NBER Bulletin on Aging and Health
NBER Profile: Arie Kapteyn
Arie Kapteyn is Professor of Economics and the founding Executive Director of the Dornsife Center for Economic and Social Research at the University of Southern California.
Prior to his appointment at USC in 2012, Kapteyn was a Senior Economist and Director of the Labor & Population division of the RAND Corporation. Before joining RAND in 2001, Kapteyn held a chair in econometrics at Tilburg University in the Netherlands, where he was also dean of the Faculty of Economics and Business Administration and founder and director of CentER (a research institute and graduate school) and of CentERdata (a survey research institute). He has held visiting positions at Princeton University, the California Institute of Technology, Australian National University, the University of Canterbury, New Zealand, and the University of Bristol, U.K. In 2006, he received a knighthood in the order of the Netherlands Lion.
Kapteyn is a fellow of the Econometric Society, past president of the European Society for Population Economics, and corresponding member of the Royal Netherlands Academy of Arts and Sciences. He received an M.A. in econometrics from Erasmus University Rotterdam, an M.A. in agricultural economics from Wageningen University, and a Ph.D. from Leiden University, all in the Netherlands.
Much of Professor Kapteyn's recent research is in the field of aging and economic decision making, with papers on topics related to retirement, consumption and savings, pensions and Social Security, disability, economic well-being of the elderly, and portfolio choice. He currently leads projects on several topics, including the measurement and explanation of subjective well-being, the analysis of health and economic determinants of retirement in the U.S. and Western Europe, and a center on the analysis of economic decision making related to retirement and saving and investing for retirement. He is a pioneer in the design and organization of probability Internet panels (where respondents without prior Internet are provided with Internet connections and the required hardware). He was the founding director of the CentERpanel in the Netherlands, the oldest existing probability Internet panel in the world. While at RAND he founded the American Life Panel, a nationally representative sample of 6000 households. Since he joined USC he founded yet another Internet panel: the Understanding America Study, which currently covers about 2,000 households. He generally has a strong interest in the use of new technology to improve data collection in the social sciences.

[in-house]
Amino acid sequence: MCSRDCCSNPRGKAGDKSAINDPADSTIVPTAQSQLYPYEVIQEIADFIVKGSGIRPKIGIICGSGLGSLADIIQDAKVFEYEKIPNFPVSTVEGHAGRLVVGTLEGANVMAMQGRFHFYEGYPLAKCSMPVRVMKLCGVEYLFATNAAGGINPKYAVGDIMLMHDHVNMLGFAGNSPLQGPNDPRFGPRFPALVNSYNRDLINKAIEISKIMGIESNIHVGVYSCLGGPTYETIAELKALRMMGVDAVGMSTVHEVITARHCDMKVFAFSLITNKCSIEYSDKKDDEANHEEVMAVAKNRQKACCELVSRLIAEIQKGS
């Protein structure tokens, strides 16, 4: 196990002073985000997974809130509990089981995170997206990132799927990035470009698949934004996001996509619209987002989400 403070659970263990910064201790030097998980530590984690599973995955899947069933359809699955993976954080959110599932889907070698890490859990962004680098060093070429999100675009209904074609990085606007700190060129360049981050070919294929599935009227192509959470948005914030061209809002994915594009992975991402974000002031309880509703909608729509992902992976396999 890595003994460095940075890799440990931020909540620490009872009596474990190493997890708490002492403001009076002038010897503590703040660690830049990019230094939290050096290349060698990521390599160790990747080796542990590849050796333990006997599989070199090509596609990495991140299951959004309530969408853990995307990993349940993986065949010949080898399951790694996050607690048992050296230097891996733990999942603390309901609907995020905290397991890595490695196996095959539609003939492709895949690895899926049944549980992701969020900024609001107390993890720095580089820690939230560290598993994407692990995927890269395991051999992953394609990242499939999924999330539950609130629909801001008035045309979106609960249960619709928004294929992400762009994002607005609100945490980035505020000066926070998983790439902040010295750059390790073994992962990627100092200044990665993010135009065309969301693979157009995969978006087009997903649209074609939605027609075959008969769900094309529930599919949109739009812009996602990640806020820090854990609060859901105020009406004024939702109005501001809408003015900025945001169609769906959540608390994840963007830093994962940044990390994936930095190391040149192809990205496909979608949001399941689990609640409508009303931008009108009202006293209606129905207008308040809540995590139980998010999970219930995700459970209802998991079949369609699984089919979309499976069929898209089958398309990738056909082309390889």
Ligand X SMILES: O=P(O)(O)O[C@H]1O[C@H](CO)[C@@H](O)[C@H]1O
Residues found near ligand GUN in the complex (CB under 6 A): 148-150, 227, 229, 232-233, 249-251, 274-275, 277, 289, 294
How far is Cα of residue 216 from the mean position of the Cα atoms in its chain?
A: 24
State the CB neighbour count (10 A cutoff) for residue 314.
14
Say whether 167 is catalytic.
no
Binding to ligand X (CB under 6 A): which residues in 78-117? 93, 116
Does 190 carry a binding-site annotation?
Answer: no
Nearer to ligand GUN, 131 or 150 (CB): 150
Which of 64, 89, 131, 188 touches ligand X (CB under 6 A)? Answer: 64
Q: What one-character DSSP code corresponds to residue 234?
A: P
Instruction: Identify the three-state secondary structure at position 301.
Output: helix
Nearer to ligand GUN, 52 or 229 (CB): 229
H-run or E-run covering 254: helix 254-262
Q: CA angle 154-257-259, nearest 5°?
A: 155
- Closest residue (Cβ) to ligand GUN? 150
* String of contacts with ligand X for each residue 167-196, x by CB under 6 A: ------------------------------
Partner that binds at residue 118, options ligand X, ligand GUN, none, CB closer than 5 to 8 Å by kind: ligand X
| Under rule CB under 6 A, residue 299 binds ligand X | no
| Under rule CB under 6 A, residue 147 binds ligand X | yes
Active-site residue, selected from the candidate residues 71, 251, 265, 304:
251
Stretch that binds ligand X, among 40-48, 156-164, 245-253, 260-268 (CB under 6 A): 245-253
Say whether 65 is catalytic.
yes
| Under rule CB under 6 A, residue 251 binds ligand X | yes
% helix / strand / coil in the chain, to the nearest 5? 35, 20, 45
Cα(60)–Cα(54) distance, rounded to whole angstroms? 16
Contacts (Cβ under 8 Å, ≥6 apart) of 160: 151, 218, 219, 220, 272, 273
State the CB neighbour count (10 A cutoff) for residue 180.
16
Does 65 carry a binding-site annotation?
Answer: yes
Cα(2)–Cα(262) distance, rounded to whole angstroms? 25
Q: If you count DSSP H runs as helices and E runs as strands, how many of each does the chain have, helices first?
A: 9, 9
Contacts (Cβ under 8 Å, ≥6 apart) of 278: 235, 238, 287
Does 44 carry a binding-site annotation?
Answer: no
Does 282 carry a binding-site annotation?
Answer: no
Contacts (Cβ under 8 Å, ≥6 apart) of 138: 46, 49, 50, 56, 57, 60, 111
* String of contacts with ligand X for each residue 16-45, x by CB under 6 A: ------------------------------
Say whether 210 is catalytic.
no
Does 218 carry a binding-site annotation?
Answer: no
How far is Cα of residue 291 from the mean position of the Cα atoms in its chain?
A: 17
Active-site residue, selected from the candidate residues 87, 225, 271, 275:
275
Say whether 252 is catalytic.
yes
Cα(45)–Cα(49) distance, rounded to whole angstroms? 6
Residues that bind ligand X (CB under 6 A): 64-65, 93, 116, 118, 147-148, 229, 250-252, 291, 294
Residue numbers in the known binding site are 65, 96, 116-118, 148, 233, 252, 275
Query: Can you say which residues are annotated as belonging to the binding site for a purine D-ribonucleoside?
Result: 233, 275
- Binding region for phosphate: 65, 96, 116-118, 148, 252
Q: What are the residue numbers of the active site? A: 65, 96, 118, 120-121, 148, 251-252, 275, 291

In his free time, Kapteyn likes to ride his bike - a decidedly less new technology.